When someone from Congaree National Park called Columbia College looking for help in selecting among artist-in-residence applications, Mary Bentz Gilkerson begged off the assignment.
“I told her, ‘I don’t think I should jury it because I wanted to apply,’” said Gilkerson, an arts professor at the college.
She did more than apply; she was selected for the second artist-in-residence slot at the park. For the past few weeks, Gilkerson has been working on a mural in the Harry Hampton Visitor Center.
Park staffers told her some visitors who can’t physically handle the trails and boardwalk wait on the benches in that small area while friends or family members tour the park. When she’s finished, what used to be a plain waiting area will give the people sitting on those benches a sense of the trees and waterways at a certain spot where the trails intersect with Cedar Creek.
“I want this to be a place where people who can’t get out there can experience the immersion of nature,” Gilkerson said.
Her work illustrates the park through the four seasons. There are only three wall sections, so the large center section features the meld from spring to summer. “I’m most interested in color and light and how it moves across the surfaces,” Gilkerson said.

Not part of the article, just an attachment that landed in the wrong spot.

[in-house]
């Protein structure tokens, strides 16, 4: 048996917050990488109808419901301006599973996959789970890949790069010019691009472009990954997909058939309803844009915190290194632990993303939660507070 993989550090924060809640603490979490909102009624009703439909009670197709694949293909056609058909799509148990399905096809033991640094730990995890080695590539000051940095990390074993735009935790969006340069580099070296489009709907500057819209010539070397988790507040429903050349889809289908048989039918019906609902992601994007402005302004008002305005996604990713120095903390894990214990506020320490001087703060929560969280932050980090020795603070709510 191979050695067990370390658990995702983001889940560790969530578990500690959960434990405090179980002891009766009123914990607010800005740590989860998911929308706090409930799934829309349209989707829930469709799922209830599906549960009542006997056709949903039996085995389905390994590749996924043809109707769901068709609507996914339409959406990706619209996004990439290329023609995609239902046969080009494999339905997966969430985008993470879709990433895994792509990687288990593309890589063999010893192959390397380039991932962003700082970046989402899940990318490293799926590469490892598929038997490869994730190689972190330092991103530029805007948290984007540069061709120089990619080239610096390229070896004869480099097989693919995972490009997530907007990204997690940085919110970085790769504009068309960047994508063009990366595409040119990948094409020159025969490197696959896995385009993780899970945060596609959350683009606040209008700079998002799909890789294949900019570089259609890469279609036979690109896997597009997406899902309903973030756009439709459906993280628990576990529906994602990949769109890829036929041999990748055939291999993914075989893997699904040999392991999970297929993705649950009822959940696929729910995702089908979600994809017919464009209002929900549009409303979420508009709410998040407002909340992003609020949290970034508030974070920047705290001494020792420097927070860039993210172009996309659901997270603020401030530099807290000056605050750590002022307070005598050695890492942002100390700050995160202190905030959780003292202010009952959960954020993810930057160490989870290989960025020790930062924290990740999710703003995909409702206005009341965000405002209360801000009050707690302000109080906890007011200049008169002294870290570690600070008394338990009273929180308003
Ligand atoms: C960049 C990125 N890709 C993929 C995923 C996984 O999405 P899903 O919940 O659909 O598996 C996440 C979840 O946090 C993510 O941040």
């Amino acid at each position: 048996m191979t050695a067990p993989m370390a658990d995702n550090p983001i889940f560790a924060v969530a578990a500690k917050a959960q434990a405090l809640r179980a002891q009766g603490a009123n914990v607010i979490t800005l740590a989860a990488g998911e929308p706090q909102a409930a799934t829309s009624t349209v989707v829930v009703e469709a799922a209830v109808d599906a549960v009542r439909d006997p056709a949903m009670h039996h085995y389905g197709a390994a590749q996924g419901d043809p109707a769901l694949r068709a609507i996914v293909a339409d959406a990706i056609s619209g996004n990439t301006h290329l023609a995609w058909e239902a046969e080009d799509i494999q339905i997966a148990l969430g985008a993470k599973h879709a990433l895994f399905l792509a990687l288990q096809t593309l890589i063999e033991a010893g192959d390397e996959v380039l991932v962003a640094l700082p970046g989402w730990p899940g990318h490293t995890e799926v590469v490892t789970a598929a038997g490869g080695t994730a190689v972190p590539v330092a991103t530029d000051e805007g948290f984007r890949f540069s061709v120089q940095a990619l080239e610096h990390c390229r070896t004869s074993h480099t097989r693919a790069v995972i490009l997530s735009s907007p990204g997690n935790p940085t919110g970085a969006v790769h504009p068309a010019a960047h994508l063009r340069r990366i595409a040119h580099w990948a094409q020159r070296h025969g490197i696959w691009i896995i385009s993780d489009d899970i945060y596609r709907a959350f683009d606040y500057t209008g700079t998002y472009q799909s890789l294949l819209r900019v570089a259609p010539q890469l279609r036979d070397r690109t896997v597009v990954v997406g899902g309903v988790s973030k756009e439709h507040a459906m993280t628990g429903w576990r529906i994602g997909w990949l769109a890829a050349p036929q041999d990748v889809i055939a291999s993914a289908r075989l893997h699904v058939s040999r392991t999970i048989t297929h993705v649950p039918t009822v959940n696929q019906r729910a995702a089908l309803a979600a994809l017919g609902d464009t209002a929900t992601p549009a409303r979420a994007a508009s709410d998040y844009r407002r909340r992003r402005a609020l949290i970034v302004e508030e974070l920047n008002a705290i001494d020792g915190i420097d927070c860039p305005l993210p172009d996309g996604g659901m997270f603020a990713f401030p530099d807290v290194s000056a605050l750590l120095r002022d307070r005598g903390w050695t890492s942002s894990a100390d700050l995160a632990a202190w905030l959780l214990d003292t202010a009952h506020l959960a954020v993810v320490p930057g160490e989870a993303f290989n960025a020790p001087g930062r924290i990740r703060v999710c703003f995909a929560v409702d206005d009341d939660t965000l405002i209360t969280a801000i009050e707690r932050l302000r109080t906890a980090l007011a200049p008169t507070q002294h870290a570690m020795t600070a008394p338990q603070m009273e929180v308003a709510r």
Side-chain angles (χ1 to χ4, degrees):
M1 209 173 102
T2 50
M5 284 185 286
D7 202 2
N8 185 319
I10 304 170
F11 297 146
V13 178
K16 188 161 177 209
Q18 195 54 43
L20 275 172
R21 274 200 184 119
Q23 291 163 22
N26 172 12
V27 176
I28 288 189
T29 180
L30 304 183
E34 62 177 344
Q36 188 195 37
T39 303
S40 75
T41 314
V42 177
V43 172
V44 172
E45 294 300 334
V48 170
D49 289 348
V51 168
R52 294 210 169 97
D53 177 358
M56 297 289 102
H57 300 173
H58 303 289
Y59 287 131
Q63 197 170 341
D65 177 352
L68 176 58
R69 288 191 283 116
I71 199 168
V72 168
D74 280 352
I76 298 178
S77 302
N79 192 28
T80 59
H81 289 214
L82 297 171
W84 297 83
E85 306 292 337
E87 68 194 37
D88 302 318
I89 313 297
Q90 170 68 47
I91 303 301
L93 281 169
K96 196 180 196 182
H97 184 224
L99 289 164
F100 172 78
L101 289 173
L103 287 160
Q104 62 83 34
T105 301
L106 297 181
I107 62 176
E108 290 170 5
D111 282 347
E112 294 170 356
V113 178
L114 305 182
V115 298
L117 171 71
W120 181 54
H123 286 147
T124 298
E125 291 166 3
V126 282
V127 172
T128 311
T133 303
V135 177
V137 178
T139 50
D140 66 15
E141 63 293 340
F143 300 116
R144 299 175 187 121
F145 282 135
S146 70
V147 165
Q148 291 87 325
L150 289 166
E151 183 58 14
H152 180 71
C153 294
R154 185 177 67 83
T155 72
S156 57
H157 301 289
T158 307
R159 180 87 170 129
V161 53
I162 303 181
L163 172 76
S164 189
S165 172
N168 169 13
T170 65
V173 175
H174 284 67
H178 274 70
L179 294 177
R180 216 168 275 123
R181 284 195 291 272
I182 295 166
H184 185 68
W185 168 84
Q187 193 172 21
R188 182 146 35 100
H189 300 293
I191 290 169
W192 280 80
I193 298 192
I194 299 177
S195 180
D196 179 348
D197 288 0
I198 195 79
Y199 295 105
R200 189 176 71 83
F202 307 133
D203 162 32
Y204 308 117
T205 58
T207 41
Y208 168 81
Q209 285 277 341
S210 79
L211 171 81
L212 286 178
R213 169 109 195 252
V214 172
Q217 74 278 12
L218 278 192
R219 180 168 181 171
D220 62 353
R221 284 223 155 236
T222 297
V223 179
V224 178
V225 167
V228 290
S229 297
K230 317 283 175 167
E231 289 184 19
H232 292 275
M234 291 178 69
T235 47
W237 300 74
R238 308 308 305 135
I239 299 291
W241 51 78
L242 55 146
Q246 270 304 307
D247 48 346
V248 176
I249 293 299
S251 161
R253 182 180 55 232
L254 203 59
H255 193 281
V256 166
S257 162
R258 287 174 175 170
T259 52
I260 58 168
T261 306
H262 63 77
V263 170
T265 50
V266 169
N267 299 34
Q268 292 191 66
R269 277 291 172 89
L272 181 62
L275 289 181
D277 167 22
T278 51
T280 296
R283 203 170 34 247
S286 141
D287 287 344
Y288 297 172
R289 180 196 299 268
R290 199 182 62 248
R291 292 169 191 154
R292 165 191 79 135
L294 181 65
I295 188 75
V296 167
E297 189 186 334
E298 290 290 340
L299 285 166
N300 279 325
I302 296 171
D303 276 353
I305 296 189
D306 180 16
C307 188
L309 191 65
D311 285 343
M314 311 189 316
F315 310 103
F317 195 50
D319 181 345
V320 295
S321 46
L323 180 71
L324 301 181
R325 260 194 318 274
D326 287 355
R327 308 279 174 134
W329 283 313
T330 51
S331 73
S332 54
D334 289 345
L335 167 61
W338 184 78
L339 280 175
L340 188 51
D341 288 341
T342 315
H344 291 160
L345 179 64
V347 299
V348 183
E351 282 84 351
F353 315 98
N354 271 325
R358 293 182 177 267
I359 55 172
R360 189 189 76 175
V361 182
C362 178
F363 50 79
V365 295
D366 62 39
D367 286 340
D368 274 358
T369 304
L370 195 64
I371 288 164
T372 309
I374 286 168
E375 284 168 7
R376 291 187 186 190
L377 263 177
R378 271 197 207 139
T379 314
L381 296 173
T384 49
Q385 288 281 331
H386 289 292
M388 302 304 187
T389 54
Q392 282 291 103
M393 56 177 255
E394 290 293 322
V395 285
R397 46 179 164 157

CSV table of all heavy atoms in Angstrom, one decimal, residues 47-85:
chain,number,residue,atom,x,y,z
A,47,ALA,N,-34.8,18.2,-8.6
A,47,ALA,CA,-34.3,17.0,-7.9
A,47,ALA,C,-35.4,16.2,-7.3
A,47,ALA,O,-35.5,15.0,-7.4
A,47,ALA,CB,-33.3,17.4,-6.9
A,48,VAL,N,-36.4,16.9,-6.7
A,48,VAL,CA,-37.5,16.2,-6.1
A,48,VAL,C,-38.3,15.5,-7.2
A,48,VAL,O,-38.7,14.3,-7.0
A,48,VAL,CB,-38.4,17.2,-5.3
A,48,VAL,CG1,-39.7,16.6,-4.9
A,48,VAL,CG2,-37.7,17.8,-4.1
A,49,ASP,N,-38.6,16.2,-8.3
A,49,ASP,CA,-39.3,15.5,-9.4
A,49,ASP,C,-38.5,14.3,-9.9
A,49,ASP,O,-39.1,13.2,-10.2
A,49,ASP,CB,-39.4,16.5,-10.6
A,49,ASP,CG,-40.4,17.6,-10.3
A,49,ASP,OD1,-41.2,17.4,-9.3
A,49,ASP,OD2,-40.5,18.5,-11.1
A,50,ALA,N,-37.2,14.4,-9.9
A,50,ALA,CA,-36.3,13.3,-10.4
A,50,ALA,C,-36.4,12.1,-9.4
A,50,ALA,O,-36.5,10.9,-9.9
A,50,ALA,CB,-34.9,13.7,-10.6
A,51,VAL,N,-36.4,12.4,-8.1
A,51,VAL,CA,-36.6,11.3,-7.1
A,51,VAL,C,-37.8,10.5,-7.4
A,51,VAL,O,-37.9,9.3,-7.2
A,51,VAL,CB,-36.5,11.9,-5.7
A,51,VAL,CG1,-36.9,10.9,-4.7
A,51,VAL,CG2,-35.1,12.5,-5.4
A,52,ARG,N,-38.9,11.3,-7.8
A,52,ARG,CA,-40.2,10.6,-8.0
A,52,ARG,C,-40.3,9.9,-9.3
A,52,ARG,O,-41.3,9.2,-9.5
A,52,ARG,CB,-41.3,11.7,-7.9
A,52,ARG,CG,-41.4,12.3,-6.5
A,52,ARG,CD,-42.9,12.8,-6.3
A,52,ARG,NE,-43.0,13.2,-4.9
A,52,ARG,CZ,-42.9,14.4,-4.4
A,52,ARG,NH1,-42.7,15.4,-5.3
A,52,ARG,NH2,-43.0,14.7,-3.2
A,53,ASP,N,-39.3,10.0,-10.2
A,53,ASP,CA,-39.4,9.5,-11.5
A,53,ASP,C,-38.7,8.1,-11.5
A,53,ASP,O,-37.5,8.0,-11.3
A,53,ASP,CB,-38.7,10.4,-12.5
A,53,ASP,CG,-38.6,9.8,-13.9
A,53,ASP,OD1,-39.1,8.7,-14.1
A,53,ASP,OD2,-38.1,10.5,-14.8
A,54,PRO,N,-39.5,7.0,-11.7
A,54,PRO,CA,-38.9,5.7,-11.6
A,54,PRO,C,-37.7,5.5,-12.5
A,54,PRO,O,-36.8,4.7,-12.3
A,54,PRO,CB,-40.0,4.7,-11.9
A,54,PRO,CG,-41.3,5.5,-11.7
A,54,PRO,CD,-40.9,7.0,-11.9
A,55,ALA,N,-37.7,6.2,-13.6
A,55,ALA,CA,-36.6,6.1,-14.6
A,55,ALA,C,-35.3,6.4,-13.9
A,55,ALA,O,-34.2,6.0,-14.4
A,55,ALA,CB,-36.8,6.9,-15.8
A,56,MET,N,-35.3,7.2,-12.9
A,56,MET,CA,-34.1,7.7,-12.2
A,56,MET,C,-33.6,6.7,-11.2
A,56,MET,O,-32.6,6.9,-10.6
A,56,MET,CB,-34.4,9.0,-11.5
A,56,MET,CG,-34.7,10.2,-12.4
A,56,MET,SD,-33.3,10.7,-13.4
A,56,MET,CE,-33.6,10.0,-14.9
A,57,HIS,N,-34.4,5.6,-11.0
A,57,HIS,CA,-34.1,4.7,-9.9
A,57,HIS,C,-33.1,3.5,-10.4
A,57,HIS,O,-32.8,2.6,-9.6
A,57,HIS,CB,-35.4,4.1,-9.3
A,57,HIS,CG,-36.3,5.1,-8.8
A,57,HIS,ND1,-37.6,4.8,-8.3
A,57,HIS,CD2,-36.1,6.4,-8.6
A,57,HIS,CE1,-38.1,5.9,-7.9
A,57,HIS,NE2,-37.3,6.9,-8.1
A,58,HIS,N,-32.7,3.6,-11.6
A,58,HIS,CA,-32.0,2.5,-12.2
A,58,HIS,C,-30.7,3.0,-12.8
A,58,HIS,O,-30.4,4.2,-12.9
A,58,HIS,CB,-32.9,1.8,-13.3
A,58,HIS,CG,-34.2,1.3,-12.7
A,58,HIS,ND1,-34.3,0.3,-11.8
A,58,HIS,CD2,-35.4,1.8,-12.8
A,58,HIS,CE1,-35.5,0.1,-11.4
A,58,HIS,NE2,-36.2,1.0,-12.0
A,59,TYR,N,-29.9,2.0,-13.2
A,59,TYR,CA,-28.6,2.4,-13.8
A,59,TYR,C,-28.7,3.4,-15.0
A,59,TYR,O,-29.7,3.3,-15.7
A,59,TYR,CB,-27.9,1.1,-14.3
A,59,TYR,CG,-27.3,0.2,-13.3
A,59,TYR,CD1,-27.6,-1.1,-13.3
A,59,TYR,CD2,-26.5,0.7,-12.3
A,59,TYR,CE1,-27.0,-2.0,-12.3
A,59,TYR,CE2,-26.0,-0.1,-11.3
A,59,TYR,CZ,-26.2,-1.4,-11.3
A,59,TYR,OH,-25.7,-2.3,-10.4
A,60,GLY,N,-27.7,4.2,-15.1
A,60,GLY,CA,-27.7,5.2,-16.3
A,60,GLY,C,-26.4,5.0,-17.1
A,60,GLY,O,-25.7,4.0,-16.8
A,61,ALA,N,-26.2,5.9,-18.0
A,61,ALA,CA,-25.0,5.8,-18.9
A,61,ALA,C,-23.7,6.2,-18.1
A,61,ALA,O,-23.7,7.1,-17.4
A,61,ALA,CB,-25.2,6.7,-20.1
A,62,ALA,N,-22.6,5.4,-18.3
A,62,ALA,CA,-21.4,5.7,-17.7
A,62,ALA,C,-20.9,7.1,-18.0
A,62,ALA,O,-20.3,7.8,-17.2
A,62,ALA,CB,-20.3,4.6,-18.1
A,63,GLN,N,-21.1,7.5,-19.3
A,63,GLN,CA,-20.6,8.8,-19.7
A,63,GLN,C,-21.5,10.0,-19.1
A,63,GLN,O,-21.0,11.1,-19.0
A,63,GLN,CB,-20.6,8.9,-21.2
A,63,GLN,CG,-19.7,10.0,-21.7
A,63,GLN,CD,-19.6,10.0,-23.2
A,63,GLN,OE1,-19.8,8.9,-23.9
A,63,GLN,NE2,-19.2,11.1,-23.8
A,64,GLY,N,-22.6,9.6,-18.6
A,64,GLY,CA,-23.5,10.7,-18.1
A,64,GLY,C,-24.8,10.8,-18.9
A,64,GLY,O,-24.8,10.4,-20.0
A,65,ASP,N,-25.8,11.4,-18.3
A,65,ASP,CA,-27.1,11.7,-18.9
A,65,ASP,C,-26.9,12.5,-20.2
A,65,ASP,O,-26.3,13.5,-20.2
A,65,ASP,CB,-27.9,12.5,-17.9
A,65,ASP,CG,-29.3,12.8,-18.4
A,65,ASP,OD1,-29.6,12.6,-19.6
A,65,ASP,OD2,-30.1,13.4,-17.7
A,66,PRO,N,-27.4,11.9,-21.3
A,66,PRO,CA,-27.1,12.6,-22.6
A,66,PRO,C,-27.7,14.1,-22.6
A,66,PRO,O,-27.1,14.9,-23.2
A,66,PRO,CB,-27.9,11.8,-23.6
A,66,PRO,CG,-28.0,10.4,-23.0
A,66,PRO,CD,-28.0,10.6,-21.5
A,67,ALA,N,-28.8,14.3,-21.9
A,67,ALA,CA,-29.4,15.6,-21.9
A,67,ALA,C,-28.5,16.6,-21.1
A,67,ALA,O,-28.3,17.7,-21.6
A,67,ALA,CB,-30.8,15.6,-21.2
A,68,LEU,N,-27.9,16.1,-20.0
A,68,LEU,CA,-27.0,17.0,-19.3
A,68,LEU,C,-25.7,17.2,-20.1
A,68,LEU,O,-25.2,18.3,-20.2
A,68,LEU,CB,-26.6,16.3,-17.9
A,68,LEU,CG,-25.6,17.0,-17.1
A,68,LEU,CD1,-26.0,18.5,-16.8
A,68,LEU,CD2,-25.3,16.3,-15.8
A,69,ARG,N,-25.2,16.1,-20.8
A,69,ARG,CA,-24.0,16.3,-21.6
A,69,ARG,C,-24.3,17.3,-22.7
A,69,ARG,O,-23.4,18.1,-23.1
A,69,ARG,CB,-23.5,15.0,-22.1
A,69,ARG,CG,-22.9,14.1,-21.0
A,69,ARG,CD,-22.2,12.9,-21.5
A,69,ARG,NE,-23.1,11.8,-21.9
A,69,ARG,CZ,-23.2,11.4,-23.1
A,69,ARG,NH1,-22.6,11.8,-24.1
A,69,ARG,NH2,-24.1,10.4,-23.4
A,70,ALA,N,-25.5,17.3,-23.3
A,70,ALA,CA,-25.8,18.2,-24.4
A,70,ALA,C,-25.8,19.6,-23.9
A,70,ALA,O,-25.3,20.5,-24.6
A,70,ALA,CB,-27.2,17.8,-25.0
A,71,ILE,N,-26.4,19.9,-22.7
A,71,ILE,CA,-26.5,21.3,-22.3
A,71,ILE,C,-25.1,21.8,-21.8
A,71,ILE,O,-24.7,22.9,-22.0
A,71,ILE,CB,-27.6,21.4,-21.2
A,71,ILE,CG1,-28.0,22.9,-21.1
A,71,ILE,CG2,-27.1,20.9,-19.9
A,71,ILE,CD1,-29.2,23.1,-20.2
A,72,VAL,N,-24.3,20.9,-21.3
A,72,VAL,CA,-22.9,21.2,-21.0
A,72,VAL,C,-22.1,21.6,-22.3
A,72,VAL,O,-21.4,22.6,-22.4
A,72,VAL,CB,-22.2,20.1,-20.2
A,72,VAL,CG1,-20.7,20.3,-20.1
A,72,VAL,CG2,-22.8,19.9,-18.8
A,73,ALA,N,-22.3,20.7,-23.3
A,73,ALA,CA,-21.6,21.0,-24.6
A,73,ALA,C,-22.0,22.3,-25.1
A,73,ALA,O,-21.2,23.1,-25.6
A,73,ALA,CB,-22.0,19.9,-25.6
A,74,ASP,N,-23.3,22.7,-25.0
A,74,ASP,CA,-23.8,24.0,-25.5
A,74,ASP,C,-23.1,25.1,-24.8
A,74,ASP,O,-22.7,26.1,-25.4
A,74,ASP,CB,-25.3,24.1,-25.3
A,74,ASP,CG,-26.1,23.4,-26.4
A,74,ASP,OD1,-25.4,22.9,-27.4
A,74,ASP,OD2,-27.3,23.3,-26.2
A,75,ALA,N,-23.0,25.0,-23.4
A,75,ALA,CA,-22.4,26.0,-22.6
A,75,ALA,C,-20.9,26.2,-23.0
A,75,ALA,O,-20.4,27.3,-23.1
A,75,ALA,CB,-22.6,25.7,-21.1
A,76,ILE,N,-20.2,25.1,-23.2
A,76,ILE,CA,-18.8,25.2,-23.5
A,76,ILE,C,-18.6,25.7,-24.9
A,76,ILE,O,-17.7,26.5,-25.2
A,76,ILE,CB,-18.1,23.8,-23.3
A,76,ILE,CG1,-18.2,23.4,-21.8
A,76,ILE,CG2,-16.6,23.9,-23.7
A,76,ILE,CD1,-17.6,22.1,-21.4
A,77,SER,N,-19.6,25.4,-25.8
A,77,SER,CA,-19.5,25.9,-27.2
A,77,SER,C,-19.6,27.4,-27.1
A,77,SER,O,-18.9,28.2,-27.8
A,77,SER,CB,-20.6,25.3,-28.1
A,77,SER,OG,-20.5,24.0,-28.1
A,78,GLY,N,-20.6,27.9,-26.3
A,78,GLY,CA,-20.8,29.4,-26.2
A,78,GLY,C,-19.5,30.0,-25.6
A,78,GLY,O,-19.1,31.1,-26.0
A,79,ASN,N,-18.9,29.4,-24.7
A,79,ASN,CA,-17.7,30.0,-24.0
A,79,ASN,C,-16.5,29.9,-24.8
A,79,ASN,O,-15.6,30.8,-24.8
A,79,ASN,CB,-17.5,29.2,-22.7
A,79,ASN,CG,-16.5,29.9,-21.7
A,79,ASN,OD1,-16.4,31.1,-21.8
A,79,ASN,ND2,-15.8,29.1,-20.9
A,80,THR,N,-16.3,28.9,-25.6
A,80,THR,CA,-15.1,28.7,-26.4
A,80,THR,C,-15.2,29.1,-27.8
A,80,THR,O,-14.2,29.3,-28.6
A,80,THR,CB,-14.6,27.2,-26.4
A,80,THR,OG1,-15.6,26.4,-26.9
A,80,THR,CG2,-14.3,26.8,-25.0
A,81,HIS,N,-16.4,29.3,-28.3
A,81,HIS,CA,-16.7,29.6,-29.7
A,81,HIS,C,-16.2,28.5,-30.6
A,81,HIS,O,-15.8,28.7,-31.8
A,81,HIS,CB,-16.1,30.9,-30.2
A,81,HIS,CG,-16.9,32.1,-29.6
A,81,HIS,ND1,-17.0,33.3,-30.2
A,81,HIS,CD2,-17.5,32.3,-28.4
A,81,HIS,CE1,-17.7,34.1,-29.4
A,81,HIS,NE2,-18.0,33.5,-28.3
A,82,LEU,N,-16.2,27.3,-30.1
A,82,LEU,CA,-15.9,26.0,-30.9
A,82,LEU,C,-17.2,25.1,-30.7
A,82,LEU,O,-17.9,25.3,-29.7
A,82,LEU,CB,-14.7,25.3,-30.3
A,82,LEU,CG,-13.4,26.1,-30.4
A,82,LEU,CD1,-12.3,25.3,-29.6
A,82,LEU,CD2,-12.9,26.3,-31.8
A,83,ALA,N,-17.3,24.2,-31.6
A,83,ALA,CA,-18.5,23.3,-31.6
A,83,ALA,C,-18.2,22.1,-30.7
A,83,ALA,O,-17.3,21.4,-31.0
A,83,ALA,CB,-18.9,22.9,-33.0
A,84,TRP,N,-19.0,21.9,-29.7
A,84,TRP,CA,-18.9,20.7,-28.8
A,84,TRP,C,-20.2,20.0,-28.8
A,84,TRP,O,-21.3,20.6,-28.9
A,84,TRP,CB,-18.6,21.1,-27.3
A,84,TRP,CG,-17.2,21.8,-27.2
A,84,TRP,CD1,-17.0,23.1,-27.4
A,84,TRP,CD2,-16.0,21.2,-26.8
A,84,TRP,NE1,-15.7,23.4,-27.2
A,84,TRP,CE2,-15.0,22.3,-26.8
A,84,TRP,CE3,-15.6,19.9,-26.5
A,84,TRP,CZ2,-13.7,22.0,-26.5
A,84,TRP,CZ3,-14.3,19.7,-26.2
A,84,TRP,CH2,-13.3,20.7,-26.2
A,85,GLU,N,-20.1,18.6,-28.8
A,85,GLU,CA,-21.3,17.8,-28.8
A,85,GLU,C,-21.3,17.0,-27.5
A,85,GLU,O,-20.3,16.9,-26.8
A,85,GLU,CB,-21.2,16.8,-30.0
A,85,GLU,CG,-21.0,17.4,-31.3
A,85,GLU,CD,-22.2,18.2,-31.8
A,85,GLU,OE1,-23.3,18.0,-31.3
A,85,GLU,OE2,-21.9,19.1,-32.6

She’s having a blast as the artist-in-residence. In fact, Gilkerson has been romping around in the woods in this area since her childhood, when her family owned land just across the Congaree River in Calhoun County. She now owns a horse that she boards with a friend just a few miles from the park’s entrance on Old Bluff Road.
“I remember being turned loose to play in these woods as a kid,” she said. “It smelled so good, all the different spices of the woods.”
Now, as part of the artist-in-residence program, she’s guiding hikes through the park, helping others see the colors and shadows and smell the special aroma.